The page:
Out of the canopy and into a cobalt sky twisting and looping with the sheer joy of freedom, I sped unafraid, free. If this was a dream, then I’d dream it forever. If this was perfection, then I lived it through joy. I was born on the wing, born to fly. Nothing would take away my pleasure.
The pain came swift and stinging like two squadrons of wasps at my shoulders. Darkness took me, the blue sky gone.
I woke in a nest made of twigs, my feathers shorn, an aquiline face looming. Had I dreamt myself a man who wished himself a bird, or a bird who’d forgotten himself a man? And as a shadow fell and a scimitar beak loomed with cruel intentions, did it matter?
She ran between the raindrops like a mouse who’d lost its umbrella. Flitting from flower to flower, mushroom to mushroom, upturned coffee cup to empty packet of crisps, she wept through the ancient forest. Why? Because even the little folk now know us, and that’s enough to make anyone despair.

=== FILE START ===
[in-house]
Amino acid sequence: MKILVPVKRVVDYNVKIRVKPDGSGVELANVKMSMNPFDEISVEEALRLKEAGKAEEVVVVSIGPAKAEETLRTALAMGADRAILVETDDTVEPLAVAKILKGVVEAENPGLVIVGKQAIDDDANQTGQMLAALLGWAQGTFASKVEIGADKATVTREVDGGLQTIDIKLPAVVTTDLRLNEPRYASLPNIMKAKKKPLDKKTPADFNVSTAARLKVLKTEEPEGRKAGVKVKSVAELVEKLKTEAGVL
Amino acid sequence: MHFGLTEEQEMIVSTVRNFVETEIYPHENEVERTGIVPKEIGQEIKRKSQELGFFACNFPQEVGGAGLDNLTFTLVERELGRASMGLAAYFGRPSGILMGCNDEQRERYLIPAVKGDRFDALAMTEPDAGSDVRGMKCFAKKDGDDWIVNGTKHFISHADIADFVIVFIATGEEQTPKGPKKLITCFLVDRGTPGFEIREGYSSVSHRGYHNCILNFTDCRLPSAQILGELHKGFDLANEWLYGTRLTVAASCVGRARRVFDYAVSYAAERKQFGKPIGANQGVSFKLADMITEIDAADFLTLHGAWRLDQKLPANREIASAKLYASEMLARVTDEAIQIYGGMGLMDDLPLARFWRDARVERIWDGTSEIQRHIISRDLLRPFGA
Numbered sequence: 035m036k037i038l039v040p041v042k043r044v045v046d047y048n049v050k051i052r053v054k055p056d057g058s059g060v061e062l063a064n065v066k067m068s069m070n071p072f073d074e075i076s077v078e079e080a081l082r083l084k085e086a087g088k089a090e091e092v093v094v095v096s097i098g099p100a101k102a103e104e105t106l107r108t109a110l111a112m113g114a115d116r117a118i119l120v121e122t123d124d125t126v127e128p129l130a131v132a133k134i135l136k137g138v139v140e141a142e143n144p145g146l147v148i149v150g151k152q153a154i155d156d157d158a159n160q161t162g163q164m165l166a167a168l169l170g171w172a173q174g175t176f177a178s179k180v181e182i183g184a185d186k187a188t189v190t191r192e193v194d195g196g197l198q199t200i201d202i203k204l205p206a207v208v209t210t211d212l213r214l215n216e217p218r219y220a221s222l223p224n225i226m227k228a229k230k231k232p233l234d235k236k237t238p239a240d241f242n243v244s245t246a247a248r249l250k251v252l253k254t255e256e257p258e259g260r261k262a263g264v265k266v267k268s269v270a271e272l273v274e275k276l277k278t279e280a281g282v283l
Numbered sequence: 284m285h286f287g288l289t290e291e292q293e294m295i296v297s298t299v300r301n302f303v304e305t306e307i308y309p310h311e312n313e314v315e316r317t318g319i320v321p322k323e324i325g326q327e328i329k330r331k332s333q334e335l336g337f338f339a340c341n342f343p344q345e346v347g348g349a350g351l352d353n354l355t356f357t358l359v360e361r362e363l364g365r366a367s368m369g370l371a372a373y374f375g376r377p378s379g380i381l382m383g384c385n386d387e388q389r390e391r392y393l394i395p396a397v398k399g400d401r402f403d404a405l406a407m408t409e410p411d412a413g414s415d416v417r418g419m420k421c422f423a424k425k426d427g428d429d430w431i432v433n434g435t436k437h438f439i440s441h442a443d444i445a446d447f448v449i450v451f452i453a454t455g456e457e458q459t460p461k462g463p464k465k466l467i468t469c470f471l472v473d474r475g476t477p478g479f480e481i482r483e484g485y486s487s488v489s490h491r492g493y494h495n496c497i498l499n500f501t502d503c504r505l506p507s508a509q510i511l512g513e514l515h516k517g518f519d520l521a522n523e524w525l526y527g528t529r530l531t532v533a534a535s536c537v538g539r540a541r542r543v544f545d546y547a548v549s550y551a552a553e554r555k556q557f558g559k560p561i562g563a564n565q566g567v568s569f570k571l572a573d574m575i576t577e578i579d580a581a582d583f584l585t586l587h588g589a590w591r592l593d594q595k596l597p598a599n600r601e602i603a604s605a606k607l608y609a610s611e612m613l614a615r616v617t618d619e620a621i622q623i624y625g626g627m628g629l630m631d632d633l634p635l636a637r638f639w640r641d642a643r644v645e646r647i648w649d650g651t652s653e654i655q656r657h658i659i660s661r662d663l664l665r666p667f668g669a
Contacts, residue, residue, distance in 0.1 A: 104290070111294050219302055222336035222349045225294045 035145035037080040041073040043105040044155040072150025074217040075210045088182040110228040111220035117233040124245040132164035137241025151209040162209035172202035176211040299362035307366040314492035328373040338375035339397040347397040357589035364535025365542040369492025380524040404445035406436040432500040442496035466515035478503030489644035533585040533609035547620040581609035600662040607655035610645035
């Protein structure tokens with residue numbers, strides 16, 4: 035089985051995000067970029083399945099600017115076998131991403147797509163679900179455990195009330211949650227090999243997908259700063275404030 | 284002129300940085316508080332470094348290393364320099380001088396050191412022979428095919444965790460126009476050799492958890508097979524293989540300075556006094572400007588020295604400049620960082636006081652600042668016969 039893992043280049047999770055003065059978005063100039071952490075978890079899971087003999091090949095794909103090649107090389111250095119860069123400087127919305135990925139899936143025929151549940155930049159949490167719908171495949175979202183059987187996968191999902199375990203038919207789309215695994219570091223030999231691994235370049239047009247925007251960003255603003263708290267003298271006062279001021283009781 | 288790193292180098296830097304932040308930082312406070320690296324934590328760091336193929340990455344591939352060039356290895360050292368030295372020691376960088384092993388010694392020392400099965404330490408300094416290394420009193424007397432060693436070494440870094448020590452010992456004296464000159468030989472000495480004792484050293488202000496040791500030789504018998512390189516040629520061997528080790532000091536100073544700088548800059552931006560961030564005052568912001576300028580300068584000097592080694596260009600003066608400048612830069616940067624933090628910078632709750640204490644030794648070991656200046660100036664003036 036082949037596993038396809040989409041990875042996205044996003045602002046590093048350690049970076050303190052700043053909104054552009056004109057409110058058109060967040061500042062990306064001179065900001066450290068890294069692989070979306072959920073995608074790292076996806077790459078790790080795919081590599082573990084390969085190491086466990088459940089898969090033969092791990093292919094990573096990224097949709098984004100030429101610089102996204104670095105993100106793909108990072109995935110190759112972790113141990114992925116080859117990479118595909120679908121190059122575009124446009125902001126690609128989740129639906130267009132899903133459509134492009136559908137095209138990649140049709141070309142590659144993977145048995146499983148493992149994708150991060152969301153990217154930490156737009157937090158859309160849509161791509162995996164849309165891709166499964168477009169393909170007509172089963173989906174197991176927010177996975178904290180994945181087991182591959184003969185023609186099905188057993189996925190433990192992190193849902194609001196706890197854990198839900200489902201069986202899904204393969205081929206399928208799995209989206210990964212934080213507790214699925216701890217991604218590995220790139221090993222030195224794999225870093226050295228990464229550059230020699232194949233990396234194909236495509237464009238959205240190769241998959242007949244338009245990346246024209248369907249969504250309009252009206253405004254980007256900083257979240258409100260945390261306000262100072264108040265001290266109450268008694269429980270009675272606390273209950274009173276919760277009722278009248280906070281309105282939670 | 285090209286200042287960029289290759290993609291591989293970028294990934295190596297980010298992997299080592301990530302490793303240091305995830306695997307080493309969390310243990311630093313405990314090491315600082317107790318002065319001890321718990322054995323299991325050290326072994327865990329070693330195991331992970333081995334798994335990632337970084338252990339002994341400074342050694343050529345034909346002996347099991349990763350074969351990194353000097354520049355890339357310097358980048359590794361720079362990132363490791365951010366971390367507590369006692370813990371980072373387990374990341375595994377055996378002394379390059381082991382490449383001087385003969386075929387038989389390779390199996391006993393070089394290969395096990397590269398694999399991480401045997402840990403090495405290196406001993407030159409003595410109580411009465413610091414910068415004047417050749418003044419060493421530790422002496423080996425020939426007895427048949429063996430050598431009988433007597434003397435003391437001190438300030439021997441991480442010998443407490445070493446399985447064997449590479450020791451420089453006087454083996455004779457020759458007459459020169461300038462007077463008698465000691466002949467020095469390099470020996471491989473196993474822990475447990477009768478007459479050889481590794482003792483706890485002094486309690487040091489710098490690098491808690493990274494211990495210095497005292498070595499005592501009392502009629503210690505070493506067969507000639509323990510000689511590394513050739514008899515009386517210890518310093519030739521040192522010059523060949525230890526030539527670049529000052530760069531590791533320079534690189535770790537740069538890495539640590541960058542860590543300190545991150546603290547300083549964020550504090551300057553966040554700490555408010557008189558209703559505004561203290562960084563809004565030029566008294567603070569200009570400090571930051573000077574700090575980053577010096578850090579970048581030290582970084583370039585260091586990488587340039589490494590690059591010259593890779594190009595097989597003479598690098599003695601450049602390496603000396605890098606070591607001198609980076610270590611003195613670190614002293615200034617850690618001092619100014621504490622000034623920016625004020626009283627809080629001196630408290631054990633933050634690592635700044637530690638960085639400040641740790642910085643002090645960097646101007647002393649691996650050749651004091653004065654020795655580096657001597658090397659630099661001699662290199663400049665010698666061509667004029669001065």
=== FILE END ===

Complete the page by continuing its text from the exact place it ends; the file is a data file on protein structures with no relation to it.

They differ to us substantially. The most apparent of these is their appearance. We stand upon two legs, make our way through a tactile world with two hands and regard all through two eyes. In a more direct description, we are paired. This pairing navigates beyond the physical into the realms of belief. It is believed we should live our lives in pairs, couples, if you will, and so we do. We are a species who thrive in plural. A species must thrive if it wishes to endure.